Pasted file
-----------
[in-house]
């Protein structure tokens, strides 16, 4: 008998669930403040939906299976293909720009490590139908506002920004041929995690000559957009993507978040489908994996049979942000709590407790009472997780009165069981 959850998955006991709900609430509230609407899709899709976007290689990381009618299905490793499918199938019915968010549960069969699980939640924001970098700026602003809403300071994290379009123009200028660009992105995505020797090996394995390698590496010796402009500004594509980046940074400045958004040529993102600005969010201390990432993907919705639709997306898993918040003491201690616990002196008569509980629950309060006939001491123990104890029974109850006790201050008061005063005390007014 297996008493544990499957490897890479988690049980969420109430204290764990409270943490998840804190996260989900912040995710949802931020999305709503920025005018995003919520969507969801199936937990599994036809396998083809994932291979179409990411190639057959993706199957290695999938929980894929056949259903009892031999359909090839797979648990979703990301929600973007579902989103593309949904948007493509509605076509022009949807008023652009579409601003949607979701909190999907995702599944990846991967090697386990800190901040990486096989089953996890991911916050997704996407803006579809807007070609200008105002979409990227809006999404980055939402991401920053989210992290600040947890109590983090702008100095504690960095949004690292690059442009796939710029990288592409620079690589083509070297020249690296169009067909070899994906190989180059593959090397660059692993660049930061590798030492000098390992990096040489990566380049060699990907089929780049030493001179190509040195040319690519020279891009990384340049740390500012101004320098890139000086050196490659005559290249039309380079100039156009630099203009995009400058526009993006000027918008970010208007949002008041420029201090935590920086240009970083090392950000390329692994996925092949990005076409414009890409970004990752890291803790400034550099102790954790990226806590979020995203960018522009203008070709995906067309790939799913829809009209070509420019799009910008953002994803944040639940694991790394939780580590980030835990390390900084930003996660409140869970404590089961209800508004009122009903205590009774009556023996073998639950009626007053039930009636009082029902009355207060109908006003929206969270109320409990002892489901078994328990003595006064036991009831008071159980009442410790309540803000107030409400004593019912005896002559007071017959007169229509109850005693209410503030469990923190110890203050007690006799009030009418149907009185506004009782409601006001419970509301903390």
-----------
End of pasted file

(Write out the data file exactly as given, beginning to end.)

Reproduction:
[in-house]
């Protein structure tokens, strides 16, 4: 008998669930403040939906299976293909720009490590139908506002920004041929995690000559957009993507978040489908994996049979942000709590407790009472997780009165069981 959850998955006991709900609430509230609407899709899709976007290689990381009618299905490793499918199938019915968010549960069969699980939640924001970098700026602003809403300071994290379009123009200028660009992105995505020797090996394995390698590496010796402009500004594509980046940074400045958004040529993102600005969010201390990432993907919705639709997306898993918040003491201690616990002196008569509980629950309060006939001491123990104890029974109850006790201050008061005063005390007014 297996008493544990499957490897890479988690049980969420109430204290764990409270943490998840804190996260989900912040995710949802931020999305709503920025005018995003919520969507969801199936937990599994036809396998083809994932291979179409990411190639057959993706199957290695999938929980894929056949259903009892031999359909090839797979648990979703990301929600973007579902989103593309949904948007493509509605076509022009949807008023652009579409601003949607979701909190999907995702599944990846991967090697386990800190901040990486096989089953996890991911916050997704996407803006579809807007070609200008105002979409990227809006999404980055939402991401920053989210992290600040947890109590983090702008100095504690960095949004690292690059442009796939710029990288592409620079690589083509070297020249690296169009067909070899994906190989180059593959090397660059692993660049930061590798030492000098390992990096040489990566380049060699990907089929780049030493001179190509040195040319690519020279891009990384340049740390500012101004320098890139000086050196490659005559290249039309380079100039156009630099203009995009400058526009993006000027918008970010208007949002008041420029201090935590920086240009970083090392950000390329692994996925092949990005076409414009890409970004990752890291803790400034550099102790954790990226806590979020995203960018522009203008070709995906067309790939799913829809009209070509420019799009910008953002994803944040639940694991790394939780580590980030835990390390900084930003996660409140869970404590089961209800508004009122009903205590009774009556023996073998639950009626007053039930009636009082029902009355207060109908006003929206969270109320409990002892489901078994328990003595006064036991009831008071159980009442410790309540803000107030409400004593019912005896002559007071017959007169229509109850005693209410503030469990923190110890203050007690006799009030009418149907009185506004009782409601006001419970509301903390």